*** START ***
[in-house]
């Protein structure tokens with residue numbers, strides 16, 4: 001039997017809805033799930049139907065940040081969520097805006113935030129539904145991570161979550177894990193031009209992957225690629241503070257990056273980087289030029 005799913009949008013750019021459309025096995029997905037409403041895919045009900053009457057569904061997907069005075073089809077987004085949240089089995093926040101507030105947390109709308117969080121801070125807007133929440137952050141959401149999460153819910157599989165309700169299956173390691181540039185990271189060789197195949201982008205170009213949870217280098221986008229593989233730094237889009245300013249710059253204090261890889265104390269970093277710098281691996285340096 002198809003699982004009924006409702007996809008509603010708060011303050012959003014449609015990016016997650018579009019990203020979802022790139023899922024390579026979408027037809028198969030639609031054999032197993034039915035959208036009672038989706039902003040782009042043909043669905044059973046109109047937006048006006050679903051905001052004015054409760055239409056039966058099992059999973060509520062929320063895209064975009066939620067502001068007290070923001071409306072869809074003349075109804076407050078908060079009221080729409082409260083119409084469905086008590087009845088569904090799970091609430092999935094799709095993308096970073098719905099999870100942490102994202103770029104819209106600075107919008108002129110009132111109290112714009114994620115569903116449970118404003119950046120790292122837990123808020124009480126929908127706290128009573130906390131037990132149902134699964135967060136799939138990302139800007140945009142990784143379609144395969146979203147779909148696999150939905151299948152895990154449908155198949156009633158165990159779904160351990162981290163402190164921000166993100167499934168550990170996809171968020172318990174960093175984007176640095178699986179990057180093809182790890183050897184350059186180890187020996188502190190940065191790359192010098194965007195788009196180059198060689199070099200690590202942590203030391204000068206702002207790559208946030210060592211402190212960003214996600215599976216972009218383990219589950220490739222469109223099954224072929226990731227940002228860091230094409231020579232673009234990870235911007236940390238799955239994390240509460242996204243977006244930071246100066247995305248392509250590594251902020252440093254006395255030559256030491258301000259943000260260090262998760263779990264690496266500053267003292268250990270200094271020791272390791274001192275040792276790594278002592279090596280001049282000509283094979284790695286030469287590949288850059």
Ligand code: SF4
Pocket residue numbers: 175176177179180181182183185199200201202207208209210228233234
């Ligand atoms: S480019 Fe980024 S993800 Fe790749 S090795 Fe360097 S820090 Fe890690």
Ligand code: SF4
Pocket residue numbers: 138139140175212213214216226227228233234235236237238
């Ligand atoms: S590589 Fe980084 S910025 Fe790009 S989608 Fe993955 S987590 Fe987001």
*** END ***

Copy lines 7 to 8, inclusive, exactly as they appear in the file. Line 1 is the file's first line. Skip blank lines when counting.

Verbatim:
Pocket residue numbers: 138139140175212213214216226227228233234235236237238
């Ligand atoms: S590589 Fe980084 S910025 Fe790009 S989608 Fe993955 S987590 Fe987001």